Teeth-whitening is a method of lightening the colour of natural teeth. The following information relates to the use of dental whitening techniques, which use Natrium-Perborate or Carbamide-peroxide with the content of up to 6% hydrogen peroxide (H2O2).
The colour of teeth varies between individuals and at different ages. Teeth can gradually darken over time. Tooth colour is influenced by a person's genetic makeup and any surface stains or deposits in or on the teeth. If our teeth are dark due to stains or deposits, they will need to be cleaned before teeth-whitening is undertaken.
A gel is used to whiten the teeth, and there are two main ways of doing this:
The dentist takes impressions of the teeth to make an individual custom made flexible whitening tray that fits around the teeth. The whitening gel is placed in the tray following the dentist's instructions. The teeth will become gradually lighter over some time. The tray must be specially made to apply the whitening gel to those teeth to be bleached. This specially constructed tray also helps keep the gel away from gums and protected from the saliva, which inactivates it.
The whitening tray is worn for several hours at a time, usually at night time or whenever it is most convenient. A course of treatment takes a variable number of weeks. Results may vary depending on the initial darkness of the teeth, the gel's concentration, and the frequency of application.
The dentist applies a higher strength of hydrogen peroxide (H2O2) directly to the teeth in the surgery to achieve whitening results in the shortest possible time. During the procedure, the whitening gel will be applied to teeth and depend on the process, they may be exposed to light for a few sessions of 10- 15-minutes. During the entire treatment, a plastic retractor will be placed in the mouth to help keep it open, and the soft tissues (i.e., lips, gums, cheeks and tongue) will be covered to ensure they are not exposed to either the gel or light. To achieve the most efficient outcome, chair-side whitening could be combined with home whitening protocol.
Home tooth whitening takes typically about two to four weeks. The dentist will advise on how many hours a day (or night) to wear the gel-filled tray. Depending on the product varies between one and six hours.
There is a risk that teeth whitening will not work quickly, and the dentist will discuss the possible reasons why it might not work particularly well or why it might take longer than average. Not all teeth get lighter to the same extent, particularly deeply discoloured or multicoloured teeth. Some teeth whiten more effectively or more quickly than others. Teeth that are already entirely white will only lighten a little further. Some teeth do not get lighter evenly. This can be a problem where the gum has receded and the darker root surface (dentin) is exposed. Such teeth can become sensitive to bleaching. Certain types of tooth discolouration do not respond quickly and may require special treatment by a dentist.
Fillings, veneers or crowns that match the existing teeth will not change with whitening. The costs of replacing these to match the new lighter colour of the natural teeth can be considerable. This needs to be discussed with the dentist before undertaking the teeth whitening.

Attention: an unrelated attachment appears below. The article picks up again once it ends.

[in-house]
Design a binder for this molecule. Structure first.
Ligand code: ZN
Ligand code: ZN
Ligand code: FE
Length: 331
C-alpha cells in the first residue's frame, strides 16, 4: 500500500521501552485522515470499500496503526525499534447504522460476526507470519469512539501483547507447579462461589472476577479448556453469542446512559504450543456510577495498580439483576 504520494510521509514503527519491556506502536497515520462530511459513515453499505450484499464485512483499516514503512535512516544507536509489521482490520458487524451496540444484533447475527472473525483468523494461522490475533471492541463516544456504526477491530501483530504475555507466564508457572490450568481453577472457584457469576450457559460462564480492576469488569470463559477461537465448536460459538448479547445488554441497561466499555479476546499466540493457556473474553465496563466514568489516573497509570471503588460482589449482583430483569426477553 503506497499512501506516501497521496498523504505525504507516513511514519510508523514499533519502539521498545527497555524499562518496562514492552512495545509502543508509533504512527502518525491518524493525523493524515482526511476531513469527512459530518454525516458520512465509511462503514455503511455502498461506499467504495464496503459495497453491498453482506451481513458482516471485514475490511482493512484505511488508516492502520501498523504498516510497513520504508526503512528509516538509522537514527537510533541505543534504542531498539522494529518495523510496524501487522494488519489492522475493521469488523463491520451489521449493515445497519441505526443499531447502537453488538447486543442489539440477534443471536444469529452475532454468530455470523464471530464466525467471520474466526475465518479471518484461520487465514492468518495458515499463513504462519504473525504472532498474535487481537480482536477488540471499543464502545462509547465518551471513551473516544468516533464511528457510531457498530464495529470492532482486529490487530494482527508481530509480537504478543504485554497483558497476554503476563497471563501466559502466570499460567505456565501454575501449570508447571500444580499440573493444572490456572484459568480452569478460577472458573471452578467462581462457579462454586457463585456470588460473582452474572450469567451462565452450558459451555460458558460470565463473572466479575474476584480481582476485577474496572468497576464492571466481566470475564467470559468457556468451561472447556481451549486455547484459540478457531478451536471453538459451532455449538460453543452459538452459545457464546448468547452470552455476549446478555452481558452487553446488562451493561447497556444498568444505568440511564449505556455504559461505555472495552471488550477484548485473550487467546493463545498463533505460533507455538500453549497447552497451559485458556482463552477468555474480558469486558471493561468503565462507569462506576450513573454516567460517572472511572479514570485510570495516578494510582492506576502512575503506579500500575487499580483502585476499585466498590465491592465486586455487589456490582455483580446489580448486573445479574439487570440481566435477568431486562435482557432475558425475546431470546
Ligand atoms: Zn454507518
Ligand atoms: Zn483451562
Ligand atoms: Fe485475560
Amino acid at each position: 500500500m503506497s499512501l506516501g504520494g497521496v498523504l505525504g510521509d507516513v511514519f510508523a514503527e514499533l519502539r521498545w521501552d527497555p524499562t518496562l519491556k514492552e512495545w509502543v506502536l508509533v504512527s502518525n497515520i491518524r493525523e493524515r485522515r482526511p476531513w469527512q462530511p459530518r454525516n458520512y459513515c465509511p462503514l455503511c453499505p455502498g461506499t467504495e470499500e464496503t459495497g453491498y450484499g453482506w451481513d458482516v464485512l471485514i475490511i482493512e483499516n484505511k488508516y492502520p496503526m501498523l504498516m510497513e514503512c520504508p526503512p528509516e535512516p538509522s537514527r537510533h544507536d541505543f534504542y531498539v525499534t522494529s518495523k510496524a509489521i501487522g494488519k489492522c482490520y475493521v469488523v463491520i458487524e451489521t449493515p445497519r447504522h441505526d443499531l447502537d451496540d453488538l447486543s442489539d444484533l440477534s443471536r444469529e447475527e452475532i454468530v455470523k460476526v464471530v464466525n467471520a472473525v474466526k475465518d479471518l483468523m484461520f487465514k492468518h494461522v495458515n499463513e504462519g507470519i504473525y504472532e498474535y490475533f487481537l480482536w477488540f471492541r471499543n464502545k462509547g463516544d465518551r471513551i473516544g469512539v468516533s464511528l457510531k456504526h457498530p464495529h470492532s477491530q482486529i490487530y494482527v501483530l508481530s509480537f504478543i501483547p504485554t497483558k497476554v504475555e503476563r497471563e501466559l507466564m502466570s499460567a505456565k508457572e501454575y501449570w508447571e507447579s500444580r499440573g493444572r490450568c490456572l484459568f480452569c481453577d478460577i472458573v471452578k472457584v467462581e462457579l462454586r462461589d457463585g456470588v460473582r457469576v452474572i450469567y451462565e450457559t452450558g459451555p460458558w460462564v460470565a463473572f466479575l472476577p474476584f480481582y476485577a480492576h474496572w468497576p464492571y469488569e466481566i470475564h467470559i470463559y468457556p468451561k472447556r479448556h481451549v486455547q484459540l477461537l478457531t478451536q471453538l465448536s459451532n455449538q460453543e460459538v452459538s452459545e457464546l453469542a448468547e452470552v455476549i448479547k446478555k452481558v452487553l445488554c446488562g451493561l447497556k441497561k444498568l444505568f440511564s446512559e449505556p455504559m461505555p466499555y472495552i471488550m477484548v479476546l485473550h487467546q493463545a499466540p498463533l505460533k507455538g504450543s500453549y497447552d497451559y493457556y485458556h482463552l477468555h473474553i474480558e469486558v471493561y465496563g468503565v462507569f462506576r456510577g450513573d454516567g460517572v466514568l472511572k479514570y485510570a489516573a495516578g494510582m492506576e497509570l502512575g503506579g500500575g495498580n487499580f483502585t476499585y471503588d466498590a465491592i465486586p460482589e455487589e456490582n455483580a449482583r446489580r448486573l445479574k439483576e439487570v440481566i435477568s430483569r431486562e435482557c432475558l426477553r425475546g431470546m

The extensive clinical data continue to support the safety and effectiveness of this kind of tray-based tooth whitening with 6% Hydrogen peroxide and 16-18% Carbamide Peroxide. However, during teeth whitening, teeth may become sensitive for a while. This is usually only temporary. A fluoride gel or special toothpaste within the tray can be worn for 30 minutes before bleaching to minimize sensitivity. Temporary irritation of the soft tissues in the mouth, particularly the gums, is rare but can occur if too much gel is loaded into the trays. The dentist will advise how to help avoid this problem.
The effects of home whitening may last longer than chairside in-surgery bleaching. However, it takes longer to have the desired result.
Teeth that have been bleached have a gradual tendency to return to their standard colour. This means that teeth may need to be bleached again at some time in the future. Because the gel used in the whitening process degrades fairly rapidly (six months shelf-life), it should be stored in a cool place. The new gel should be bought if repeating the treatment. The existing whitening trays can be used again for top-up treatments. The trays should be kept safely.
Tooth whitening has the particular advantage that it does not involve any destruction of existing healthy tooth structure.
Tooth whitening may not be 'the right' or 'the only' aesthetic treatment. There is also the alternative of making no change to your tooth colour or applying white (composite) filling material to disguise the colour of the teeth. The provision of crowns or veneers can be used to alter the colour of the teeth to make them appear lighter, but this usually involves the removal of a significant amount of sound natural tooth tissue and is destructive compared to tooth bleaching. However, a crown or veneer may be a reasonable option if a tooth is already heavily filled or root-filled.
The evidence from the literature suggests that the management of discoloured endodontically treated teeth utilizing combined intracoronal teeth whitening technique bleaching is a valid treatment modality in terms of safety, efficacy, time efficiency and aesthetic outcome. The result from the 16-year prospective study by Amato et al. (2006) also demonstrated the chromatic stability of nonvital discoloured teeth when subjected to the combined intracoronary teeth whitening technique. The clinical outcome has vastly improved the poor appearance of the upper right central incisor.